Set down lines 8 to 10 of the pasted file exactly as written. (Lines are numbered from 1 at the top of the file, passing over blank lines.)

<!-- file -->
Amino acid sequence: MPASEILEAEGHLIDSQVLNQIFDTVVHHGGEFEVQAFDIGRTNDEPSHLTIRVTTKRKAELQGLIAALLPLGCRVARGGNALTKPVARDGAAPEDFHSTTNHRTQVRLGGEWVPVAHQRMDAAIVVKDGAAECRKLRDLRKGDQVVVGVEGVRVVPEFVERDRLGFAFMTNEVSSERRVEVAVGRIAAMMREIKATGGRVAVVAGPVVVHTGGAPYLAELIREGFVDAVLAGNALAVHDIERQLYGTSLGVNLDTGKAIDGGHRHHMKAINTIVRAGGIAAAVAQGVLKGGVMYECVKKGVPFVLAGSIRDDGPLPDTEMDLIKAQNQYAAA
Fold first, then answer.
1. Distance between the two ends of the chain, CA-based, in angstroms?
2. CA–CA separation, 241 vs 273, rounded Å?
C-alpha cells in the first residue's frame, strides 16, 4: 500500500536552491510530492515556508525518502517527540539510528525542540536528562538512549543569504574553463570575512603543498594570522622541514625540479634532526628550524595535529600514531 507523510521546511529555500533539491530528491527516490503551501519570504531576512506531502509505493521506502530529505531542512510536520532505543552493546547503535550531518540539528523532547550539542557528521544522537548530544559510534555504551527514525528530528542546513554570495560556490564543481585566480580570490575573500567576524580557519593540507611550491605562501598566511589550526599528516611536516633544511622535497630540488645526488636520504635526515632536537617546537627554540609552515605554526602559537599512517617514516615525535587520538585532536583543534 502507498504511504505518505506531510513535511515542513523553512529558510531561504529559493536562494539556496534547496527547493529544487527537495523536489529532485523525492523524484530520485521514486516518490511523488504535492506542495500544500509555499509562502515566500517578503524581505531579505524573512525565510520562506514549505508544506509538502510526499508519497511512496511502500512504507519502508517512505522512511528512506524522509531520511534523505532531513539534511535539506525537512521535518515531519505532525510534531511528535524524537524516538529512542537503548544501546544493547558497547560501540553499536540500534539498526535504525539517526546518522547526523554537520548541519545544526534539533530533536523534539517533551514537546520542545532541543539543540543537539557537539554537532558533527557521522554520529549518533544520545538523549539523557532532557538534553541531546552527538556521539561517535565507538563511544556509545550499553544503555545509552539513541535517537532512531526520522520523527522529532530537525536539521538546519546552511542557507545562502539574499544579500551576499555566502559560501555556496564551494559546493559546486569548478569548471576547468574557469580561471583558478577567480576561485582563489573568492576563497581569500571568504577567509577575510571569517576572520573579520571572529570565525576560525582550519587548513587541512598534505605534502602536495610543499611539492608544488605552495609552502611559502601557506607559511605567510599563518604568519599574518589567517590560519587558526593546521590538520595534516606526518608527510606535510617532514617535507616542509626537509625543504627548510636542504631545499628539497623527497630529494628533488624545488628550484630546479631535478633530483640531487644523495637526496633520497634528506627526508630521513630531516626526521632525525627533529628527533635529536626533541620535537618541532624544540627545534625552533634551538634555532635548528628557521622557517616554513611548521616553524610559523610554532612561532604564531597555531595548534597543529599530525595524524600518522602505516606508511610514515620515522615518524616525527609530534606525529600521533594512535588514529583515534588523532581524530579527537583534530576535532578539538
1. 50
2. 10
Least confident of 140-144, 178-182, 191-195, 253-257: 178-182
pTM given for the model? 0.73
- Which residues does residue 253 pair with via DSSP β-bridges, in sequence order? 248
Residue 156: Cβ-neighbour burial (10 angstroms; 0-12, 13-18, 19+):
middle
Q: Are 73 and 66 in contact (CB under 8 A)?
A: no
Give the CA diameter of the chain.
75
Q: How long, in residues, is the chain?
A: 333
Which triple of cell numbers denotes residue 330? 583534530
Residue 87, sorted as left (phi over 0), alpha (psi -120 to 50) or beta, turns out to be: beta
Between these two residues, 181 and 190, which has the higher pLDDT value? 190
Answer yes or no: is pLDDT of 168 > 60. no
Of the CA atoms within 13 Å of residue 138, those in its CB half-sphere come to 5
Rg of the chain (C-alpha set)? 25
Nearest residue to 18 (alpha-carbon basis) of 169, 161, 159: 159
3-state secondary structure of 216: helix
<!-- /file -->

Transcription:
Least confident of 140-144, 178-182, 191-195, 253-257: 178-182
pTM given for the model? 0.73
- Which residues does residue 253 pair with via DSSP β-bridges, in sequence order? 248